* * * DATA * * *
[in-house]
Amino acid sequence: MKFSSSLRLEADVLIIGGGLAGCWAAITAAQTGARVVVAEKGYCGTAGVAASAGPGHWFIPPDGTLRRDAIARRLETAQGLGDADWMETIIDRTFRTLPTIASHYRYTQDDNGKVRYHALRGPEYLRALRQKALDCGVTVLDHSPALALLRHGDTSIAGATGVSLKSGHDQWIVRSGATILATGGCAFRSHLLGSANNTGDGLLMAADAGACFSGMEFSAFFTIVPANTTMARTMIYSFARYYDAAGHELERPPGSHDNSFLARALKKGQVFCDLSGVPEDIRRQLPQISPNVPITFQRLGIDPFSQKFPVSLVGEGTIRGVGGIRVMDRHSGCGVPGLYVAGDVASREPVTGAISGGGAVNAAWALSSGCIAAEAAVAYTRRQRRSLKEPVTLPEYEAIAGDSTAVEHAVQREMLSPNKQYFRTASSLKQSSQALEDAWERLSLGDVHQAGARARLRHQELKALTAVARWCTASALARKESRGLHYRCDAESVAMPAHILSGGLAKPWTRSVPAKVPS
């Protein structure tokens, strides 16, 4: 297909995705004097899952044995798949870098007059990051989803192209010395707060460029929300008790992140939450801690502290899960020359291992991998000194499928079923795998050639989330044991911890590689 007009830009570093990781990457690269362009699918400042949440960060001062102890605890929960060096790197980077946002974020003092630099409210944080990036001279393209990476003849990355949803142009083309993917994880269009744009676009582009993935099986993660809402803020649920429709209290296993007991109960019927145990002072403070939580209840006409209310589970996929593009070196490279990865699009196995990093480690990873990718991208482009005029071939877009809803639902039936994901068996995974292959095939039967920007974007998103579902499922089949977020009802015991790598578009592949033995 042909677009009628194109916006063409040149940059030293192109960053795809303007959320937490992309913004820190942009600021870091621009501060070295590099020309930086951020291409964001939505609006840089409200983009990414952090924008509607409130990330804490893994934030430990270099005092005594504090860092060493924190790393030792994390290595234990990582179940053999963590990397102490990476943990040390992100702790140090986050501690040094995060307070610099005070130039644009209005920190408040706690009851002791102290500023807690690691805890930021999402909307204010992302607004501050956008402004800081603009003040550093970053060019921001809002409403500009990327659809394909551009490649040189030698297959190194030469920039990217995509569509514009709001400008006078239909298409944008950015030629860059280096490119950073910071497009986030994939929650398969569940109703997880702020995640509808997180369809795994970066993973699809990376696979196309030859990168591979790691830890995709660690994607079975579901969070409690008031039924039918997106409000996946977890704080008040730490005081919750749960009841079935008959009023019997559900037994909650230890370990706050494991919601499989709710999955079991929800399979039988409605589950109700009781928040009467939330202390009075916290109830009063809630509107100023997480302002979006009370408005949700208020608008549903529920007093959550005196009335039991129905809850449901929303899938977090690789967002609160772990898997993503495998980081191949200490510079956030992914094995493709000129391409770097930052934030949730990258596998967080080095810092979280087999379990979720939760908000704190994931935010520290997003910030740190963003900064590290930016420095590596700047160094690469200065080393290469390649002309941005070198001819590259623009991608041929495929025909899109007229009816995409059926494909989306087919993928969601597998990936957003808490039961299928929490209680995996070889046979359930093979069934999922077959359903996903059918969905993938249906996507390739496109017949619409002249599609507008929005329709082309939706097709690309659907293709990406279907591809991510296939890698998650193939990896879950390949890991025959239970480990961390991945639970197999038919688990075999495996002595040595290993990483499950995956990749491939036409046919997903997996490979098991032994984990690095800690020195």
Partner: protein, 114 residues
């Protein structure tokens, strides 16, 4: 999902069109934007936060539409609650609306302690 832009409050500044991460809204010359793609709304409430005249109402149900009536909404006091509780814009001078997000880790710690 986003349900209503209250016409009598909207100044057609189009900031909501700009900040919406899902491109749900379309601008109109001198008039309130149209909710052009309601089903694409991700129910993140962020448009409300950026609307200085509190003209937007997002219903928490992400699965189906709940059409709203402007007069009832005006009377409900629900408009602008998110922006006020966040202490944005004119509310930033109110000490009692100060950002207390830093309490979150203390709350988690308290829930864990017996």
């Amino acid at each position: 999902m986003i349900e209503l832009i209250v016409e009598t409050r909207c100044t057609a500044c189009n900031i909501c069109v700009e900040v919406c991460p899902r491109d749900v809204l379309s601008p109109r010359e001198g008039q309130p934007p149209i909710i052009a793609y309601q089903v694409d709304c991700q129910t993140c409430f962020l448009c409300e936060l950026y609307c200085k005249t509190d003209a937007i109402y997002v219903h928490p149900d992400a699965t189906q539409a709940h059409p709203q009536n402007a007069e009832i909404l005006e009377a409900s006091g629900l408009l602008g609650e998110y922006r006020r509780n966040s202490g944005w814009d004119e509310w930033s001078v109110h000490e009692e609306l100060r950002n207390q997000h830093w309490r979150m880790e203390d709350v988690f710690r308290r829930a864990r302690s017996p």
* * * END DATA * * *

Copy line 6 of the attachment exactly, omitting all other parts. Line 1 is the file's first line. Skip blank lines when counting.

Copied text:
């Amino acid at each position: 999902m986003i349900e209503l832009i209250v016409e009598t409050r909207c100044t057609a500044c189009n900031i909501c069109v700009e900040v919406c991460p899902r491109d749900v809204l379309s601008p109109r010359e001198g008039q309130p934007p149209i909710i052009a793609y309601q089903v694409d709304c991700q129910t993140c409430f962020l448009c409300e936060l950026y609307c200085k005249t509190d003209a937007i109402y997002v219903h928490p149900d992400a699965t189906q539409a709940h059409p709203q009536n402007a007069e009832i909404l005006e009377a409900s006091g629900l408009l602008g609650e998110y922006r006020r509780n966040s202490g944005w814009d004119e509310w930033s001078v109110h000490e009692e609306l100060r950002n207390q997000h830093w309490r979150m880790e203390d709350v988690f710690r308290r829930a864990r302690s017996p």